Living donation involves anesthesia and major surgery and their associated risks.
In the majority of cases, the surgical removal of the donor’s kidney (called a donor nephrectomy) is done by laparoscopic surgery which involves two to three small incisions in the abdomen and one larger incision (6-9 centimeters) through which the kidney is removed. Surgery is performed under general anesthesia. In a small number of cases, a laparoscopic nephrectomy is not an option, so the surgery involves a five to seven inch incision on the side of the chest and upper abdomen.
Surgical complications can include pain, infection, blood loss (requiring transfusions), blood clots, allergic reactions to anesthesia, pneumonia, injury to surrounding tissue or other organs, and even death.
After surgery, the remaining kidney will grow slightly larger to make up for some of the function of both kidneys. Some people are born with one kidney or lose one due to injury and are able to live full lives with little or no effect. However, people with one kidney may be at a greater risk of high blood pressure, proteinuria (protein in the urine) and reduced kidney function. In very rare cases, a kidney donor may experience loss of kidney function in the years following their kidney donation. Should this occur, priority is given to a prior living donor according to national organ transplant waiting list regulations.
Please note that there has been no national systematic long-term data collection on the risks associated with living organ donation. Based upon limited information that is currently available, overall risks are considered to be low – 95 to 96 percent of donors have no complications.
Some medical organizations, such as the American Academy of Sports Medicine and the American Academy of Family Physicians, suggest that a person with one kidney should refrain from sports involving high contact or frequent collisions. Individuals who participate in these sports should exercise caution, be aware of possible consequences, and wear appropriate protective equipment.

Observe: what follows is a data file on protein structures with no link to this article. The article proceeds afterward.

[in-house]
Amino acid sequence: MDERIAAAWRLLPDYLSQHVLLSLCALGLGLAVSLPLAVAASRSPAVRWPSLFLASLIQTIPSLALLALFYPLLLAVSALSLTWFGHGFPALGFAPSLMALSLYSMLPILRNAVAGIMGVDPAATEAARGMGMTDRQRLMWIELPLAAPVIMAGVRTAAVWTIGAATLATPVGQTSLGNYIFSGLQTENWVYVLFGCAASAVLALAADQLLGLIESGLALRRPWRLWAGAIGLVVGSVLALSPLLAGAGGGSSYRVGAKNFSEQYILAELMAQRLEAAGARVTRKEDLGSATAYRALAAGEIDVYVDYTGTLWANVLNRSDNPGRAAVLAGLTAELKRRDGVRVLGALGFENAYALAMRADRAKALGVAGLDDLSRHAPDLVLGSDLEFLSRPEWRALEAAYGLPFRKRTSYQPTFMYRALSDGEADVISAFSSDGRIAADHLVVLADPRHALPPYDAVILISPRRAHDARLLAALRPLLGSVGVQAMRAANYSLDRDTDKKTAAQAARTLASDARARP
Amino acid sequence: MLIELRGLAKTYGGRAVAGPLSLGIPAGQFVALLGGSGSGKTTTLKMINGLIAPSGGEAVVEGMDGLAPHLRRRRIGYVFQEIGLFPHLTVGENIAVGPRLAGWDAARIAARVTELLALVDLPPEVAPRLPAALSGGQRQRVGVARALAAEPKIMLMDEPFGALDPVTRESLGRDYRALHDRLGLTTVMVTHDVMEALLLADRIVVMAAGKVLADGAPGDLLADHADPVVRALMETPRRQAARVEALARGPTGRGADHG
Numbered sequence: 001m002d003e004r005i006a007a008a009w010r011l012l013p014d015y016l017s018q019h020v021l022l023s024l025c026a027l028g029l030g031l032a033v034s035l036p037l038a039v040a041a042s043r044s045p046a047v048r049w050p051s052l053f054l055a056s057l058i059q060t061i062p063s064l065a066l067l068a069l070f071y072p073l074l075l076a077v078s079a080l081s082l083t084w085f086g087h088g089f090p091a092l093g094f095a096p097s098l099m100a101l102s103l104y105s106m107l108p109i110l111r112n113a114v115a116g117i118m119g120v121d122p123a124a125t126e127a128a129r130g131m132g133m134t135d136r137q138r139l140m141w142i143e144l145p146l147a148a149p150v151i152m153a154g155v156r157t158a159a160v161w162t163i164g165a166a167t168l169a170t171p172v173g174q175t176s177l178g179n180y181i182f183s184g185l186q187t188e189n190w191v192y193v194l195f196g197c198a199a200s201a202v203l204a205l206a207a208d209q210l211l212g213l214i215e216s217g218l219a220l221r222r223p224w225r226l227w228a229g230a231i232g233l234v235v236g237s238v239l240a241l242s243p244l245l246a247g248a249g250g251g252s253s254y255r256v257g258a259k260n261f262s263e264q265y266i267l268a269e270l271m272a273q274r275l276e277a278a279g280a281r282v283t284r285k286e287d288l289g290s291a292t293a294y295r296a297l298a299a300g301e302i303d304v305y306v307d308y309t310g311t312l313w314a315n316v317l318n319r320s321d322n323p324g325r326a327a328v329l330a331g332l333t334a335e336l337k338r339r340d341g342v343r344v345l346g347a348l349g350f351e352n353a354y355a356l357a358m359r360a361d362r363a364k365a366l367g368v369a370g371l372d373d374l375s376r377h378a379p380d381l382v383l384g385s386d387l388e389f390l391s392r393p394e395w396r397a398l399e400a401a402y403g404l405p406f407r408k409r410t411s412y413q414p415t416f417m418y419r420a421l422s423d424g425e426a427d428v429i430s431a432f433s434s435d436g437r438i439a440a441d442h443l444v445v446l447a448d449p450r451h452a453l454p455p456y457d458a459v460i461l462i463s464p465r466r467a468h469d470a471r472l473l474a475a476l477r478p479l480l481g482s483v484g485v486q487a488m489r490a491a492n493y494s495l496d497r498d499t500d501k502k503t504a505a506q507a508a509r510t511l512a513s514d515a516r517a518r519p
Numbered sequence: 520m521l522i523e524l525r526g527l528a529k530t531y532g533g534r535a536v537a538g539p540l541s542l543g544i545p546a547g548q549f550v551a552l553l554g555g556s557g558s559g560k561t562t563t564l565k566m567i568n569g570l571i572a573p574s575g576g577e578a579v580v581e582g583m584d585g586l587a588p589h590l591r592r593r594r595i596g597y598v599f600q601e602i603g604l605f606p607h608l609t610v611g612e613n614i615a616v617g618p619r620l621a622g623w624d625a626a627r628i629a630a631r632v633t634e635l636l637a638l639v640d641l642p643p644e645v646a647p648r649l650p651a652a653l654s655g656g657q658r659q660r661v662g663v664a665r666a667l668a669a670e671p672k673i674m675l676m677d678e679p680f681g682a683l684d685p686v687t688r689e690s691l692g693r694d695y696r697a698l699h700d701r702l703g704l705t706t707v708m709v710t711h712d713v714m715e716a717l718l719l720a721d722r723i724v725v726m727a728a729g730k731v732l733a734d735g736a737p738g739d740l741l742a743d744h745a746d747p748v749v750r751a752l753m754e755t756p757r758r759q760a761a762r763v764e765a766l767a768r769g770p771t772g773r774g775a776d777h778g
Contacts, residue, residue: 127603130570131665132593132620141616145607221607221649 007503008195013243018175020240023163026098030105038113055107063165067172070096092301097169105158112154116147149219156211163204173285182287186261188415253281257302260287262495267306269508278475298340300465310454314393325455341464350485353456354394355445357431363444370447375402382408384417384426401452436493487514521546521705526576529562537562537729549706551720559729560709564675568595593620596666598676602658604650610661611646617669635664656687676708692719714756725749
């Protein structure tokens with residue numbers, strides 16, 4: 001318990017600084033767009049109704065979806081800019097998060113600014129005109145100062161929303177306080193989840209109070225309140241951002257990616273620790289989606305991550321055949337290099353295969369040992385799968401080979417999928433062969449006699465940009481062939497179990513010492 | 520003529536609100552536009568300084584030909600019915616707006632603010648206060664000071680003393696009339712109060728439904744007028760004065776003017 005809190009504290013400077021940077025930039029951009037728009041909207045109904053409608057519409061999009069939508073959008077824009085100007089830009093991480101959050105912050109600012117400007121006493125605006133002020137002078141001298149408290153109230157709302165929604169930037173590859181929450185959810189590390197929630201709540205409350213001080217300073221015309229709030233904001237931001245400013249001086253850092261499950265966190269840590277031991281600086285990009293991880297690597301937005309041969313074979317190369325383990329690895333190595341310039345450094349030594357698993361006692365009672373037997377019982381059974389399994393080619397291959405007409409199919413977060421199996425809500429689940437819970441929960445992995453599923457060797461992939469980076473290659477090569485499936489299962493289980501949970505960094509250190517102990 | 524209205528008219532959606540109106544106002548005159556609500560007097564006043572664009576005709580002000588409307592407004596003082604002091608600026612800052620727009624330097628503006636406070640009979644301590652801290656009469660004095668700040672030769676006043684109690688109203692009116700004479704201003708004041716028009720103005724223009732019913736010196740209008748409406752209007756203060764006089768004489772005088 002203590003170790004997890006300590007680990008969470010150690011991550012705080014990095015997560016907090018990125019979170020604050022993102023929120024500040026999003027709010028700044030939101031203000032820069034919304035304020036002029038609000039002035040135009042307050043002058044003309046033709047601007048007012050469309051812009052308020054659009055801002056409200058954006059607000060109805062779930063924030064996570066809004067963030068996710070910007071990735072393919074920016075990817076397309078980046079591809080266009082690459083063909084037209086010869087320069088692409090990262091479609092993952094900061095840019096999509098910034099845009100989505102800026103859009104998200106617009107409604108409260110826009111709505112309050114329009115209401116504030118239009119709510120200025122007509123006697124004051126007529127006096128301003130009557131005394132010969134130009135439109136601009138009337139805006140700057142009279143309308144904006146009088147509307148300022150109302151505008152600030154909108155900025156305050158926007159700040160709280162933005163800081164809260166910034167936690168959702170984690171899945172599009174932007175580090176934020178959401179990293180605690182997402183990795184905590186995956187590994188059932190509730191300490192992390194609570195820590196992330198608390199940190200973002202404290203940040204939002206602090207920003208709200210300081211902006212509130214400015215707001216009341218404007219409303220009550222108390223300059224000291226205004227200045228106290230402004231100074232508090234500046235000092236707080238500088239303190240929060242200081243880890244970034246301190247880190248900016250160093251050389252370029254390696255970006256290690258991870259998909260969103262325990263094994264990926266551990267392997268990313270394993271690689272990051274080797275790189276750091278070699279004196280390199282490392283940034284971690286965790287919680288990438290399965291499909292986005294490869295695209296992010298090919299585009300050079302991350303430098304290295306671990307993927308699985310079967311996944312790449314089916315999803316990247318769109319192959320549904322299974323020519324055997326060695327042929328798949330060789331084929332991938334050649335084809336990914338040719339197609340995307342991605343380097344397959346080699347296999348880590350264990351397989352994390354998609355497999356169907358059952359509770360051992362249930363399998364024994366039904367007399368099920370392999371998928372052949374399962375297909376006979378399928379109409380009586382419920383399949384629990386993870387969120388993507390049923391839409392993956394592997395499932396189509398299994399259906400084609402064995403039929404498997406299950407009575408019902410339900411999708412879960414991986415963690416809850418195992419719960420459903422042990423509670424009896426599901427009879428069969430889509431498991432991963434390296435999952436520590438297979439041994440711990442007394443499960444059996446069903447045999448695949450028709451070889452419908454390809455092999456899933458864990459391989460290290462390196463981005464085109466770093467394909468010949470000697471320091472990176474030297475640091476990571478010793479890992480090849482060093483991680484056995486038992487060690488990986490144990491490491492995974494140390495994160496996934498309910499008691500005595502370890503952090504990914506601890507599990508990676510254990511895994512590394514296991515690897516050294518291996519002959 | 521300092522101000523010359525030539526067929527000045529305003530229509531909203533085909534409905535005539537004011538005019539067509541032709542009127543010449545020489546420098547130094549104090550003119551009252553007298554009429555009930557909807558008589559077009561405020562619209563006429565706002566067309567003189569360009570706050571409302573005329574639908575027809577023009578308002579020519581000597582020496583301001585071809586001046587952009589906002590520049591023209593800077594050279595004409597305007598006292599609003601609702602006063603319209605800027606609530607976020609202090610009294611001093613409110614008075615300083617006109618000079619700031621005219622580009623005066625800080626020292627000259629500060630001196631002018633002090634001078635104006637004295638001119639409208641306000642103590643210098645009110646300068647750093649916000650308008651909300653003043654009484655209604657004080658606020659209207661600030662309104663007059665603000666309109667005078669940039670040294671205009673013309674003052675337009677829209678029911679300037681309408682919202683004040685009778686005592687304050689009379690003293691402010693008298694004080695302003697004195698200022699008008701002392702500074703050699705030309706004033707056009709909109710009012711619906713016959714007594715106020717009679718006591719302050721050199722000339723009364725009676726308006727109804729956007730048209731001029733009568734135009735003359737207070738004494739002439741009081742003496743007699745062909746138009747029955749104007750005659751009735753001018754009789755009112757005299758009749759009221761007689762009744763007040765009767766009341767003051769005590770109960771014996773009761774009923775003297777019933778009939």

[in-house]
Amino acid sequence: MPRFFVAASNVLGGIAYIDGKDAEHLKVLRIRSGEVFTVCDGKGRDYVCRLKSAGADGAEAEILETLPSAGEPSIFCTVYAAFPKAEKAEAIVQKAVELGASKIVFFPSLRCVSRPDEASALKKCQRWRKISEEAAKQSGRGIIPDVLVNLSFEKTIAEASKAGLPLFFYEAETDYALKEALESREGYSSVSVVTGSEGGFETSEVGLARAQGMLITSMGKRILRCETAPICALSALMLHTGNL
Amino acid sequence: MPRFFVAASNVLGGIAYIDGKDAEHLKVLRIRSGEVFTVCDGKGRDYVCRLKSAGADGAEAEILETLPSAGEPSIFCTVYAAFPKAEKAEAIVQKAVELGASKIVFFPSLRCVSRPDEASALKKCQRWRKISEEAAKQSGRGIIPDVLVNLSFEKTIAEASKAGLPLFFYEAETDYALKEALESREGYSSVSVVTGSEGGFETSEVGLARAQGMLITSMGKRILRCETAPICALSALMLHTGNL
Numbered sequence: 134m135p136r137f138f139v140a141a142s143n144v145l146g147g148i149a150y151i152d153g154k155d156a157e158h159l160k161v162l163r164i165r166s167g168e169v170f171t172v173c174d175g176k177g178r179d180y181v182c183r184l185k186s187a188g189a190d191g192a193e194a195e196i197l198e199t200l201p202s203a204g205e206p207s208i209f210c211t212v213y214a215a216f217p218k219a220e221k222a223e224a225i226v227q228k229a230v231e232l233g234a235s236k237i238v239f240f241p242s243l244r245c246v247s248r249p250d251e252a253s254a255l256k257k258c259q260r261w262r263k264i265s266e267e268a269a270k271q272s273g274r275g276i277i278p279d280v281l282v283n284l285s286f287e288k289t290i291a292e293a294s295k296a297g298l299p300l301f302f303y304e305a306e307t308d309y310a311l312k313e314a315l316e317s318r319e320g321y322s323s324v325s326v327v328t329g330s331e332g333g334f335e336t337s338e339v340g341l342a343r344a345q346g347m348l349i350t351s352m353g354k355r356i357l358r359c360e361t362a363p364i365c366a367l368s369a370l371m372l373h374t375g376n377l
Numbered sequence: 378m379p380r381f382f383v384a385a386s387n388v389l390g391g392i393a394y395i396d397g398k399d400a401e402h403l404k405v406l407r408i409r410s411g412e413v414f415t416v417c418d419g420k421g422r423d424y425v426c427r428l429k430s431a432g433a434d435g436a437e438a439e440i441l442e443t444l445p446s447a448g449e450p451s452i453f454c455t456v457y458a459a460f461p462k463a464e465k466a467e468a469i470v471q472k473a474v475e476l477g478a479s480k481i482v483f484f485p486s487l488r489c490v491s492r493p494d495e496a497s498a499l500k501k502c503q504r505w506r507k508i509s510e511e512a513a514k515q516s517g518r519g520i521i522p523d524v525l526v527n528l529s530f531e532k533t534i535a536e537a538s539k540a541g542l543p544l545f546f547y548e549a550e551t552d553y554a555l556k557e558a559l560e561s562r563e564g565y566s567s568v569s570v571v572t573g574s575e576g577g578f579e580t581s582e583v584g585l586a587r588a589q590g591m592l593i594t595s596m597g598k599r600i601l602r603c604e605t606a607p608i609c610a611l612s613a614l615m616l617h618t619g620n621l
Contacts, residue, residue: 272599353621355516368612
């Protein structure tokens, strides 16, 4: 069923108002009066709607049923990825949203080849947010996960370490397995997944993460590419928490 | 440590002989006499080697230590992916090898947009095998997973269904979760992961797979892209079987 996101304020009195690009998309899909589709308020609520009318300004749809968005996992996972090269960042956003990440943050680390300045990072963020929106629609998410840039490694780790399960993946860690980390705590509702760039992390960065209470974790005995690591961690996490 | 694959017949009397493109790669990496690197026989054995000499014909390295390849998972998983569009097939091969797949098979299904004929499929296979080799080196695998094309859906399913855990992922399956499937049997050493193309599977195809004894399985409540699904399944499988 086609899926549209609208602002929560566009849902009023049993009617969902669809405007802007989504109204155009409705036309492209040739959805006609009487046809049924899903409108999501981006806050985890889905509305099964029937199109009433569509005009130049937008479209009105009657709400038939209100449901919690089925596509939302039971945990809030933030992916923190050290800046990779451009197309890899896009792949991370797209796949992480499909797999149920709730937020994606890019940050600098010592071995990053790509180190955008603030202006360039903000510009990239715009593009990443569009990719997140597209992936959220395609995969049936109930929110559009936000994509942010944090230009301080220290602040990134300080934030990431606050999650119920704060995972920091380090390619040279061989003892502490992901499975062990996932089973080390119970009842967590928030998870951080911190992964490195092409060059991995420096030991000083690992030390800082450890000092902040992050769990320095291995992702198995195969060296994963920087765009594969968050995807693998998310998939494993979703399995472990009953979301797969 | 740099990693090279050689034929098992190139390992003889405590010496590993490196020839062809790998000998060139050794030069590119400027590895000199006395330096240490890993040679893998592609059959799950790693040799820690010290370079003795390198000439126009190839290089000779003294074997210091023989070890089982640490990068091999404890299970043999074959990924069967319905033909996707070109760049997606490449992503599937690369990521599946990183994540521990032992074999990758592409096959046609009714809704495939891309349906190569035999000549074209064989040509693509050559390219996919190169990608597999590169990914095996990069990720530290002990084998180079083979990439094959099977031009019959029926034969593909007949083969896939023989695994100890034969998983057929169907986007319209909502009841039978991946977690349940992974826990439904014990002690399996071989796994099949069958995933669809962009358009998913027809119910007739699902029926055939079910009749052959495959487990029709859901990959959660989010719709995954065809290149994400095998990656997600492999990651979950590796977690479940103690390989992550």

Negative psychological symptoms are also possible during the healing process and even years after the donation. Your donated organ may not function in the recipient after it is transplanted. You and/or the transplant recipient may have medical problems from the surgery. Scarring or other aspects of the donation process could possibly contribute to problems with body image. You may have feelings of regret, resentment, or anger. You may have symptoms of anxiety or depression. Treatment for these conditions can be lengthy, costly, and could possibly include the use of medications with risks and side effects.
Some donors have reported difficulty in getting, affording, or keeping health, disability, or life insurance. It is important that you talk with your own insurance carriers before making a decision about being a living donor. Your premiums could increase. If you do not have health insurance, serving as a donor could be considered a pre-existing condition if you apply for insurance later.
If you work, talk with your employer about any existing leave policies before committing to living donation. Also, fully think about the financial impact on your family, especially if you and/or whoever serves as your caregiver during the donation recovery process may face lost wages.
Source: UNOS Living Donation. See more at Living Donation California